Category: Code generation
Can I break up my set of proxy types and put them into different libraries?
The answer is yes, but you have to really know what you're doing! Breaking up a set of proxy types is easily one of the most sophisticated features in the code generator and frankly, you're advised to stay away from this feature if possible. Not because it doesn't work, but because it is pretty complicated and harder to understand than any other code generator feature.
There are different reasons that this question comes up and sometimes, the reason is a simple misunderstanding about integration requirements. Let's clear up some common misunderstandings first:
- Just because your Java API ships in five jar files does not mean that your C++ API has to ship in five DLLs. You can and should combine all proxy types in one session.
- Just because you would prefer five small DLLs to one large DLL does not mean that you have a good reason to break things up.
There are legitimate reasons for wishing to break up the generated types into different modules. Usually, the reasons are related to development workflow or OEM integration requirements:
- You publish pre-packaged core integration features in the form of a library, but your users might want to generate additional proxy types.
- Your project is split into several development teams, each of which owns a specific piece of Java functionality. Each team wants to generate its own proxies but in the end, they should all be usable together in one application.
- You have a core piece of functionality and several optional pieces of functionality. You don't want the core users to have to carry all the optional pieces around in their applications.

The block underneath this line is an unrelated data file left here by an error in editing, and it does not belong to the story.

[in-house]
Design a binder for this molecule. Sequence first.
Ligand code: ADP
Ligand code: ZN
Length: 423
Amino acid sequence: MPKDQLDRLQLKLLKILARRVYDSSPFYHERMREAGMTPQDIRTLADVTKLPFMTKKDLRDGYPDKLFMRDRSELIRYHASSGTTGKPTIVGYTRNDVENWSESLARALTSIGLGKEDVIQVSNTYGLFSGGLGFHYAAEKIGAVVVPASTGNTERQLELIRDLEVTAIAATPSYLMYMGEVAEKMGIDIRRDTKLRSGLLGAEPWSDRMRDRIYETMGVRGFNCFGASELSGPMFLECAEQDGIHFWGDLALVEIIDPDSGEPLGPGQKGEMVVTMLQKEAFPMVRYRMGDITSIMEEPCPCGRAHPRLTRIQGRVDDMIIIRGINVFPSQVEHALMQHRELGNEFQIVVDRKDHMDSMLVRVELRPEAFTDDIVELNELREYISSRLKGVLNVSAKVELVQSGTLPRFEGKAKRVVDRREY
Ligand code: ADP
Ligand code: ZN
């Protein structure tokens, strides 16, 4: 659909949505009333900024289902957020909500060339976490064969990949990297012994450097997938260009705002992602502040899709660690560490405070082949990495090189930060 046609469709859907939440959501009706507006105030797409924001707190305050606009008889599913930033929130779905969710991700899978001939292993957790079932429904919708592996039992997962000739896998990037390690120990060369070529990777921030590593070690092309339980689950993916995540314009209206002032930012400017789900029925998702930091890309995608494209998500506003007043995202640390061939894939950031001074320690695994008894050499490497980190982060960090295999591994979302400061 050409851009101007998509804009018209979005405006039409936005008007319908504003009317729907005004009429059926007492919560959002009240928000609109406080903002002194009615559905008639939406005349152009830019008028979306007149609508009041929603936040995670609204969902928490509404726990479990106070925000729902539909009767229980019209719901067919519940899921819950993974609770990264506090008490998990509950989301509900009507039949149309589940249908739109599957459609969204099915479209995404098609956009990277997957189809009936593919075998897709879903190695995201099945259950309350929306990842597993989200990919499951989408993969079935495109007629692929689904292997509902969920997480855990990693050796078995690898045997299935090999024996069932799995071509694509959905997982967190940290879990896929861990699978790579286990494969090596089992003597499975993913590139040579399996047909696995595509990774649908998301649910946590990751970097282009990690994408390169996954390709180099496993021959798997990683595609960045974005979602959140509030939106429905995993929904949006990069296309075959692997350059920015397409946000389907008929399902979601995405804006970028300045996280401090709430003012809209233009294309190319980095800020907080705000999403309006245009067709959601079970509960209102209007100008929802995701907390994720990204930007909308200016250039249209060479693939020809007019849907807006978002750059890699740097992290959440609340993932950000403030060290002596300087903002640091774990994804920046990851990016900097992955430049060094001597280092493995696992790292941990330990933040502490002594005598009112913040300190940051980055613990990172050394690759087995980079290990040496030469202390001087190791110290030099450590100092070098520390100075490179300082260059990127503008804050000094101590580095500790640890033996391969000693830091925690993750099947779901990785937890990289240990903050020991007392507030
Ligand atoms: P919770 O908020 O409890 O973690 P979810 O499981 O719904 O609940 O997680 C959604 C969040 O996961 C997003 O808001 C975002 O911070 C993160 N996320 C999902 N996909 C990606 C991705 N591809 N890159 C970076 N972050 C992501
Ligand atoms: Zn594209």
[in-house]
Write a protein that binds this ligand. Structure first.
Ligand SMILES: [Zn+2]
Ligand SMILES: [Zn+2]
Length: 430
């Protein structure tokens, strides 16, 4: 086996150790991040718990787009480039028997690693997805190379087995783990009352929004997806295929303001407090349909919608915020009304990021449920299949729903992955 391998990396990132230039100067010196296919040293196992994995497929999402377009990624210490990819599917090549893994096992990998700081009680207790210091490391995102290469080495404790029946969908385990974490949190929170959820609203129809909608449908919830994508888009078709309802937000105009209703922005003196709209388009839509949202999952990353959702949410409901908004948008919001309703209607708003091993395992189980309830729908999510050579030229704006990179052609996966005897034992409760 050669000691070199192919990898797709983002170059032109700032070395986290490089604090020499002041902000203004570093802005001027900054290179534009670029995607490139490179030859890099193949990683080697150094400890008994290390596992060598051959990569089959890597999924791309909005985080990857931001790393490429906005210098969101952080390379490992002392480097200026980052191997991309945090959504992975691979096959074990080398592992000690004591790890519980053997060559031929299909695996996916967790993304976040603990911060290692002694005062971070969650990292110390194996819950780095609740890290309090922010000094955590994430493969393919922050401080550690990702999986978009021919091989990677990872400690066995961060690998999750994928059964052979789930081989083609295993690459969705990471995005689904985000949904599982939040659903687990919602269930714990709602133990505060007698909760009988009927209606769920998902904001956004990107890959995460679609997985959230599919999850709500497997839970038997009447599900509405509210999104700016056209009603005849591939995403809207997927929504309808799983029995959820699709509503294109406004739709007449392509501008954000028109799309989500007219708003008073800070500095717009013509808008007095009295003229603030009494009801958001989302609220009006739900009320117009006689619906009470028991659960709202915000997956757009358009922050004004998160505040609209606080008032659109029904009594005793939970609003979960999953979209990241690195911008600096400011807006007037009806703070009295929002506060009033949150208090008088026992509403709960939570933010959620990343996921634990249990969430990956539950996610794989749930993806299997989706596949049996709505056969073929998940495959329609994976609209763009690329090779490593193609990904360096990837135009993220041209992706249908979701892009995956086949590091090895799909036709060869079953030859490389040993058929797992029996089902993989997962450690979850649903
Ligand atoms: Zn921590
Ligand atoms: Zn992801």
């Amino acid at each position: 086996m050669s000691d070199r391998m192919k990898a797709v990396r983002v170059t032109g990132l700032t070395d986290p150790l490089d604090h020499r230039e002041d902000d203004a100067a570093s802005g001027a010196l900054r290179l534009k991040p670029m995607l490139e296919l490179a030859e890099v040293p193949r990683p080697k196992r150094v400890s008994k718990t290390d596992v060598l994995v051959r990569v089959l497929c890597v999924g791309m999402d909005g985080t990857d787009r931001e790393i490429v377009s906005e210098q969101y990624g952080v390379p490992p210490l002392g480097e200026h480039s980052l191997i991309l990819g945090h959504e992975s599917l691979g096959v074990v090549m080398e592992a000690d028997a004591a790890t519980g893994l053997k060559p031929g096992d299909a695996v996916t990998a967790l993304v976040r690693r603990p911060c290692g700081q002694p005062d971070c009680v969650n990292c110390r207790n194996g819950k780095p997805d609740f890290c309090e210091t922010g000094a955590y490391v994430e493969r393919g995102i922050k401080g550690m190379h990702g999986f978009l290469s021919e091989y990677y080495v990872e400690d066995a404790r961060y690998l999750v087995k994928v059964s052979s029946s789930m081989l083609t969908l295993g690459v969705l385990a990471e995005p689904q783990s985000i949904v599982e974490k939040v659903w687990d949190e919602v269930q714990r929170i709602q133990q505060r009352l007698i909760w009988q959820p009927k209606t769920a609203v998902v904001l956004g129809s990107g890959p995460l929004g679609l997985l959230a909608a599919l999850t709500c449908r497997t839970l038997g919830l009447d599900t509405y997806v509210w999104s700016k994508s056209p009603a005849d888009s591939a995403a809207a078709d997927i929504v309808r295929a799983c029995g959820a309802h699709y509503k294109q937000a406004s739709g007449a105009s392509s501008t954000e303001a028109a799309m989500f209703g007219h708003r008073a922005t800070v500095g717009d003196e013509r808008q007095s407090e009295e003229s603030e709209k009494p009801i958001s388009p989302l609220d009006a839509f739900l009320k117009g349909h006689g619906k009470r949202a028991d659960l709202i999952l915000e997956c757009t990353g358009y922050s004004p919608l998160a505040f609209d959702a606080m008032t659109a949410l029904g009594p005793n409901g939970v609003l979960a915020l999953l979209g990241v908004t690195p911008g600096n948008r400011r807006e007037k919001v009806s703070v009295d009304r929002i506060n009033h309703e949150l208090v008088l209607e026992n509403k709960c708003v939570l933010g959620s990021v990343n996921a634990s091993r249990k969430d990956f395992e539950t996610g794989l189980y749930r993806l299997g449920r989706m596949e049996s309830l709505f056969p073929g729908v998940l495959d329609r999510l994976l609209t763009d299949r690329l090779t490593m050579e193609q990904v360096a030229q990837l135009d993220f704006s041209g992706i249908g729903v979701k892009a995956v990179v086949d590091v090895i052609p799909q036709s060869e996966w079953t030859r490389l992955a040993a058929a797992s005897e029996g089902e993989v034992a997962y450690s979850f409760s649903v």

You should try to avoid breaking up your proxy type set if at all possible. The code generator works best and with the least complication if it can generate all desired proxy types in one session (you can of course always regenerate all proxy types in a later session). If you cannot avoid breaking up the types, you have to read this section very carefully and familiarize yourself with the issues you will be facing.
The core problem
The core problem with breaking up your proxy set is relatively easy to decribe but relatively hard to solve. In Figure 1, the two sets represent the output of two different code generation sessions. Each session was totally unaware of the other session. Each session resulted in a set of proxy types that represent a selfcontained and self-consistent type system. You can build the output of each session into a DLL or shared object and use it from an executable without any problems.
The problems start when you try to combine the two libraries in one application. This is due to the overlap in generated types, the purple types in the intersection of the two sets. These "overlapping" types cause problems in two different ways:
- The same type might not have been generated identically by both sessions.
A type only contains a method or a field if the necessary referenced types are also generated. If session #1 generated a referenced type and session #2 did not, session #1's version of the type will contain the field or method declaration and session #2's version will not.
- You cannot link with both libraries because they contain duplicate symbols.
Let's make it perfectly clear that you have absolutely no problem breaking up your set if you have no overlap and if the types don't have circular dependencies between the sets. This can be the case with a very basic type set (built-in Java types) and a highly specialized, custom API. In such a case, the custom API will have dependencies on the basic set, but not vice versa.